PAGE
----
BOYNTON BEACH, Fla. - Phil Mann of knows his way around the piano.
"If I heard it, I could learn it. If I could say it, I could play it," he said.
He also knows his way around the saxophone, the xylophone, a type of harp and the guitar.
"For 40 years this has become a part of me, a part of my thought process," he said.
A room in his Boynton Beach home is a virtual music studio for this 58-year-old who took to music as a youngster.
"It was my refuge from the so-called real world. People on the autism spectrum are often in their own world, and I was no exception," he said.
It's not unusual for those on the autism spectrum to learn subjects quickly without a teacher. That's what happened to Mann. He knew as a child he had a special musical ability.
"Music spoke to me in a way that was crystal clear. I hear pitches and frequencies like other people hear words," said Mann.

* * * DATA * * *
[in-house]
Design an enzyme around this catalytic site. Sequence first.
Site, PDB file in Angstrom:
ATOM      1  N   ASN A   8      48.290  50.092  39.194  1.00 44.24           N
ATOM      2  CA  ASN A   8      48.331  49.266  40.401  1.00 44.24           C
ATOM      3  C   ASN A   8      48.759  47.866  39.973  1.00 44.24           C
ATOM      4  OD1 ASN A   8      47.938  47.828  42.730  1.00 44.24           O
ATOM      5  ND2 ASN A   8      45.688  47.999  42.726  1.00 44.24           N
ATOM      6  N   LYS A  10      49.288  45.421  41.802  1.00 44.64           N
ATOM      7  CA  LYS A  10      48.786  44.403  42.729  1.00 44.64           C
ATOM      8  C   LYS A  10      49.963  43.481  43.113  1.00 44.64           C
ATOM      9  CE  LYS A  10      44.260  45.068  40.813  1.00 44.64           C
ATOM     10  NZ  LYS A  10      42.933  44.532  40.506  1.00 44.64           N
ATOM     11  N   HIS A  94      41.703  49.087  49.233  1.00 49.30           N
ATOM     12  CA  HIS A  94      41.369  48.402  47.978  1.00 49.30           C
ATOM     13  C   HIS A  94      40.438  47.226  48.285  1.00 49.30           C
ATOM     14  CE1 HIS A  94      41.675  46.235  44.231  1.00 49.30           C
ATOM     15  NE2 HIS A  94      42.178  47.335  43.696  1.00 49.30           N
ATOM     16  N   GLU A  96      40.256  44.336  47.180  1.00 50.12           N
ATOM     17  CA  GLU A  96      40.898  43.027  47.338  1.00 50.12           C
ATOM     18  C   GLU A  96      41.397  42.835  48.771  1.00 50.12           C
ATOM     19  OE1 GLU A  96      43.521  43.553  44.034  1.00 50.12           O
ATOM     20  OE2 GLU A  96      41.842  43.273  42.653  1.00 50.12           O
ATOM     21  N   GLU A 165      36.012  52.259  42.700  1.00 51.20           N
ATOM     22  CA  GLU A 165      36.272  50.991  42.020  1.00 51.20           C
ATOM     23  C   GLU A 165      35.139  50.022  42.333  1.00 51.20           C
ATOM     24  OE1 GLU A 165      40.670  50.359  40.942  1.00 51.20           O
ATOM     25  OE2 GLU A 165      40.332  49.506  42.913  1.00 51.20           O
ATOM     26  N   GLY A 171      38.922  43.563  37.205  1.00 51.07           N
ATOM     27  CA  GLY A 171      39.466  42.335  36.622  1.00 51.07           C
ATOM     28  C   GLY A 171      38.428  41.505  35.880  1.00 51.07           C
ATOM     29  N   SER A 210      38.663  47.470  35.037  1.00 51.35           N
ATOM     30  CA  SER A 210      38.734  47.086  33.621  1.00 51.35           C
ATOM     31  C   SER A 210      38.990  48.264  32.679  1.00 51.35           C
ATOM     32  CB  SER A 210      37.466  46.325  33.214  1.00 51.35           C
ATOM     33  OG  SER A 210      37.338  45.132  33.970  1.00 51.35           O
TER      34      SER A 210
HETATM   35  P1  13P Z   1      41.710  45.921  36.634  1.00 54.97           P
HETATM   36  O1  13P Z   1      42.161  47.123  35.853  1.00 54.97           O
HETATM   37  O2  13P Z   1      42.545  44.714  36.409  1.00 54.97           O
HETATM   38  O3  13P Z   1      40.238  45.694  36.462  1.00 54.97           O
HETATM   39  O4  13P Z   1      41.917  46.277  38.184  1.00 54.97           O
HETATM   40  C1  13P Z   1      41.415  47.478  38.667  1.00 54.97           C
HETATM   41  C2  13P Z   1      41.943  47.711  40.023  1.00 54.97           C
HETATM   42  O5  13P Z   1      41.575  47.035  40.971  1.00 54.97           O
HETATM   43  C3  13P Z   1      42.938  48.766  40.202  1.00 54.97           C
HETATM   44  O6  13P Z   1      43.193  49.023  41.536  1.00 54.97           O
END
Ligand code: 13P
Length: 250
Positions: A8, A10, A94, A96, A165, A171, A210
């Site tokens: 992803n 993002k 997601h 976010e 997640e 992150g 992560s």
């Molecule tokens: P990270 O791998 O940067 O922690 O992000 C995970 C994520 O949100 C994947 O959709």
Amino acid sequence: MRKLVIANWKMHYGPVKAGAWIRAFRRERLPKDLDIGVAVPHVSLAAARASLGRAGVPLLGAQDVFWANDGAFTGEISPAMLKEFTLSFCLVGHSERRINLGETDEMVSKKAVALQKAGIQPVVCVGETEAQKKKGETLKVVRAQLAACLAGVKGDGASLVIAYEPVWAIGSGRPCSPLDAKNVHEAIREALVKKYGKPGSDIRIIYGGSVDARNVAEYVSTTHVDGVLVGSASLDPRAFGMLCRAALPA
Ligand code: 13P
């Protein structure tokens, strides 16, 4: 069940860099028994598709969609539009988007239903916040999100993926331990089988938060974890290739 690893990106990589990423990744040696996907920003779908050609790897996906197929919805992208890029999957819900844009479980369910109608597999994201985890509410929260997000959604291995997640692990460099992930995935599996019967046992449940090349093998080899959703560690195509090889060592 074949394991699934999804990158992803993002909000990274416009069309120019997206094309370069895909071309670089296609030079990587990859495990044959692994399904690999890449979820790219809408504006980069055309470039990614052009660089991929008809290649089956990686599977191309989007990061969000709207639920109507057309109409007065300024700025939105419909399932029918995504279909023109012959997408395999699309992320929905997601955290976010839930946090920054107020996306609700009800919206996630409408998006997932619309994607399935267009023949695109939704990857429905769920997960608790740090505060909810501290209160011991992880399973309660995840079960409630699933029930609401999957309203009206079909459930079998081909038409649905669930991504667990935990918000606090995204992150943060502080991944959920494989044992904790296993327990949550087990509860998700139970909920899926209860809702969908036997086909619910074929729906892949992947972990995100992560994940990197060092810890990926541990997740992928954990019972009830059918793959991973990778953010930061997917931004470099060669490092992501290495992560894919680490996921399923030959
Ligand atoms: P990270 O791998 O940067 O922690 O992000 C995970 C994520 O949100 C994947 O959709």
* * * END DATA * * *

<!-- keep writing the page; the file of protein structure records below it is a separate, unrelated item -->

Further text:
But he also knew something was different.
"It wasn't until before my mother died and explained what Asperger Syndrome was. Only then did the final puzzle piece in my head fall into place as to why I couldn't keep a job for more than a year," he said.
Traditional jobs didn't work out, but music led him to playing with different bands.
"If I could get my hands on an instrument and a frequency chart, I can pretty much teach myself in a month how to play such instruments," he said.
Music is more than a refuge for him. It's become his way of life: practicing, playing and performing.